A trapped piece of drill pipe prevented a fail-safe device from stopping last year’s massive BP oil spill in the Gulf of Mexico, a US government investigation has found.
Its report said the device, known as a blowout preventer, failed to work properly because the piece of drill pipe had kept its “blind shear rams” from sealing the well around the time of the April 20 explosion on the Deepwater Horizon oil rig off the coast of Louisiana.
The rams are components in blowout preventers that cut, or shear, through drill pipe and form a seal against well pressure.
The Norwegian firm hired by the government to test the blowout preventer said the way the drill pipe had been positioned within the well bore caused it to buckle and bow when the well lost control, impeding the rams.
Det Norske Veritas’s report does not assign blame to any one company but does find fault with the performance and design of the blowout preventer.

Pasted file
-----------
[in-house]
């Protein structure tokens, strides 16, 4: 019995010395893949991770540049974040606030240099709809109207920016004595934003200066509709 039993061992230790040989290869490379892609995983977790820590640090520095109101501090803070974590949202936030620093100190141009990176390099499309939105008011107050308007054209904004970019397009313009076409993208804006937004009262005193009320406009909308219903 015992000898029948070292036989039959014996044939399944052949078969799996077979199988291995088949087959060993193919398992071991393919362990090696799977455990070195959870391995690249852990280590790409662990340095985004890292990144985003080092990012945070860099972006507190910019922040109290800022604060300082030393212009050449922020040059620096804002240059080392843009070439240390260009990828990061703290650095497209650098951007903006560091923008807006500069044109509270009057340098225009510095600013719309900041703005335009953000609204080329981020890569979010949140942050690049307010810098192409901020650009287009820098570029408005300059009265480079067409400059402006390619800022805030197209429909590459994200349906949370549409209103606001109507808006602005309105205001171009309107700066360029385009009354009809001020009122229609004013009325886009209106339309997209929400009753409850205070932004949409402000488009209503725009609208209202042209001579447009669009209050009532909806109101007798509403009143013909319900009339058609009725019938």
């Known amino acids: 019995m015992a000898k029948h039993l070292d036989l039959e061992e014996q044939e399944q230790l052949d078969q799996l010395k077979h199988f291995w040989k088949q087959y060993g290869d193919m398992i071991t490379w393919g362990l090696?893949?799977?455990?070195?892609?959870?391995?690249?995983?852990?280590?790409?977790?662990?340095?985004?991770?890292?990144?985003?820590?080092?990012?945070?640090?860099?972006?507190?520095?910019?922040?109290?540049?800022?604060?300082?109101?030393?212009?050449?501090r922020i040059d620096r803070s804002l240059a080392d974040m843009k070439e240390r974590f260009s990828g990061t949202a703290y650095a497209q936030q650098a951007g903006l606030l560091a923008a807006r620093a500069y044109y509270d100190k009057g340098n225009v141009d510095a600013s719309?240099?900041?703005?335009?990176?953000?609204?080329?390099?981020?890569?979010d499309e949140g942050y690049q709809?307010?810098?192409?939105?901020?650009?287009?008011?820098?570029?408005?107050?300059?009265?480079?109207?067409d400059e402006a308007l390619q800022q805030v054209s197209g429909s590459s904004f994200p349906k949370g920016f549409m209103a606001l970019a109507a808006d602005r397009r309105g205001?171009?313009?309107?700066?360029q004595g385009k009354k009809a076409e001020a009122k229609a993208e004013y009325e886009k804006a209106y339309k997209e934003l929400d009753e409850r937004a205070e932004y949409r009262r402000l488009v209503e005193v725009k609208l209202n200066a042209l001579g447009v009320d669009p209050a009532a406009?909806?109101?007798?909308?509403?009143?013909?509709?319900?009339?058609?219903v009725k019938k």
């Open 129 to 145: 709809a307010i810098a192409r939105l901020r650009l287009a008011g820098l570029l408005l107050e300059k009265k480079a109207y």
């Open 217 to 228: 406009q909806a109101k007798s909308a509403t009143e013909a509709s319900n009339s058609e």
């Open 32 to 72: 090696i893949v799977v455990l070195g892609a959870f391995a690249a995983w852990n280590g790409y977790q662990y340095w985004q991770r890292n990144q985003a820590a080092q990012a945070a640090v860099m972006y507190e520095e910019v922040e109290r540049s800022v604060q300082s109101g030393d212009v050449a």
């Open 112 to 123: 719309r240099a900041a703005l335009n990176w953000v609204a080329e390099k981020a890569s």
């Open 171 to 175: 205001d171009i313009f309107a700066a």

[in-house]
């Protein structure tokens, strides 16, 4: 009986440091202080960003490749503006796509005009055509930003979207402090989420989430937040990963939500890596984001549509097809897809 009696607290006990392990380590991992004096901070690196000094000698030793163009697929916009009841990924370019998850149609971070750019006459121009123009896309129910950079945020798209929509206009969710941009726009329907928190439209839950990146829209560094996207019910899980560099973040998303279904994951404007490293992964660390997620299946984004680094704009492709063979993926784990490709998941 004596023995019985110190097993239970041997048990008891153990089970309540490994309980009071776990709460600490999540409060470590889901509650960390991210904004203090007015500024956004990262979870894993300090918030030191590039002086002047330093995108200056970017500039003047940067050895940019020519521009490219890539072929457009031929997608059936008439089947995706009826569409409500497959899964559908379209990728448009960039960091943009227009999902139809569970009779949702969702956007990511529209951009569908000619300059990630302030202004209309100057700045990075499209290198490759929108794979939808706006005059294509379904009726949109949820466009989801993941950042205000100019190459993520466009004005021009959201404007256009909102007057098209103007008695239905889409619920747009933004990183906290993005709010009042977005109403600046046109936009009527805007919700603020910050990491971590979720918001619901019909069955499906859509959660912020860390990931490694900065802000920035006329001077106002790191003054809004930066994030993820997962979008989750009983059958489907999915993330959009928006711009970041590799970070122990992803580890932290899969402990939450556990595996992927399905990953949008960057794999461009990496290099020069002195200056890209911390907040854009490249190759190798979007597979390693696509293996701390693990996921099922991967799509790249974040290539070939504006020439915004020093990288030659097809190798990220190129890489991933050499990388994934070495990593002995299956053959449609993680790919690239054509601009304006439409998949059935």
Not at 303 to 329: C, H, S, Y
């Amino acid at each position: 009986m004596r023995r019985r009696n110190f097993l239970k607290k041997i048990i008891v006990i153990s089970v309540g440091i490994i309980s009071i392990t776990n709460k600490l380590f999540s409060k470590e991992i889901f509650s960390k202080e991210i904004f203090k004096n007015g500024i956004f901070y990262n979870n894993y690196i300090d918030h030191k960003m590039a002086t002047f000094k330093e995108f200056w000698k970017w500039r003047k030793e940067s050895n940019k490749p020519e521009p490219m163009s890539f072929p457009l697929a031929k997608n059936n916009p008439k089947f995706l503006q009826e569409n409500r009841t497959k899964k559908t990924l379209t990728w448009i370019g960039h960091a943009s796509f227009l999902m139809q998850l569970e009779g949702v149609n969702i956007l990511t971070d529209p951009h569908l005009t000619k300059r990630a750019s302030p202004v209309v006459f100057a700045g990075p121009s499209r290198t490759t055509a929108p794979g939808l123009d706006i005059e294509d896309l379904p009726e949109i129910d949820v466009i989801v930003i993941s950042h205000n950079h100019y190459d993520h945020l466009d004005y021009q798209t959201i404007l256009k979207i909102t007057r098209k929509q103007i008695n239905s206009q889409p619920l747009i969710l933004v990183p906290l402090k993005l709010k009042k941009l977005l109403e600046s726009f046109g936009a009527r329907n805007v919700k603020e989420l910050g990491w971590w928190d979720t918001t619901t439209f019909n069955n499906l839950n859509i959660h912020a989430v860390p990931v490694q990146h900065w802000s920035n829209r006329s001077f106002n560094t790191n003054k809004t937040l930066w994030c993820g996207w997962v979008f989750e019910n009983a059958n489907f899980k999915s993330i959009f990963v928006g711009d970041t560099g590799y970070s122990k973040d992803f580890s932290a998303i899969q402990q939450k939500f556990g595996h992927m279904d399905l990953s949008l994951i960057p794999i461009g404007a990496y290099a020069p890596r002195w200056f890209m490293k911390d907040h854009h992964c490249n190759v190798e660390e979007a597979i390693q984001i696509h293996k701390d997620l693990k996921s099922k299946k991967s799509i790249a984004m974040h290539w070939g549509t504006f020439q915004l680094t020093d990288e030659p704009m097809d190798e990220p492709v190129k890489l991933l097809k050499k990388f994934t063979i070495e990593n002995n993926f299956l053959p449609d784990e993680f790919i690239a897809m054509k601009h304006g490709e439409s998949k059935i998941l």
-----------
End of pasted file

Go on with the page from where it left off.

The device was made by Cameron and maintained by Transocean.
The firm made several recommendations for the industry in its report, including changing the design of blowout preventers.
The company’s tests also indicated that some components in the back-up control systems did not perform as intended.
It advised the industry to revise its procedures for periodic testing and verification of these back-up systems.
Blowout preventers sit at the wellhead of exploratory wells and are supposed to lock in place to prevent a spill in case of an explosion.
The 300-tonne device that was used with BP’s Macondo well was raised from the sea floor on September 4.
Representatives for Cameron and Transocean were among an army of interested parties that were allowed to monitor DNV’s examination of the device.
BP, the US Justice Department and lawyers for plaintiffs in lawsuits over the disaster also were allowed to monitor.
None of them was allowed to have any hands-on involvement.
The official testing ended earlier this month. BP has asked a federal judge for permission to conduct additional testing on its own.
Cameron has objected, saying that if further testing is done, a neutral third party should do it.
The investigation into what caused the explosion on the Deepwater Horizon rig and subsequent oil spill is being overseen by a joint US Coast Guard-Bureau of Ocean Energy Management Regulation and Enforcement panel.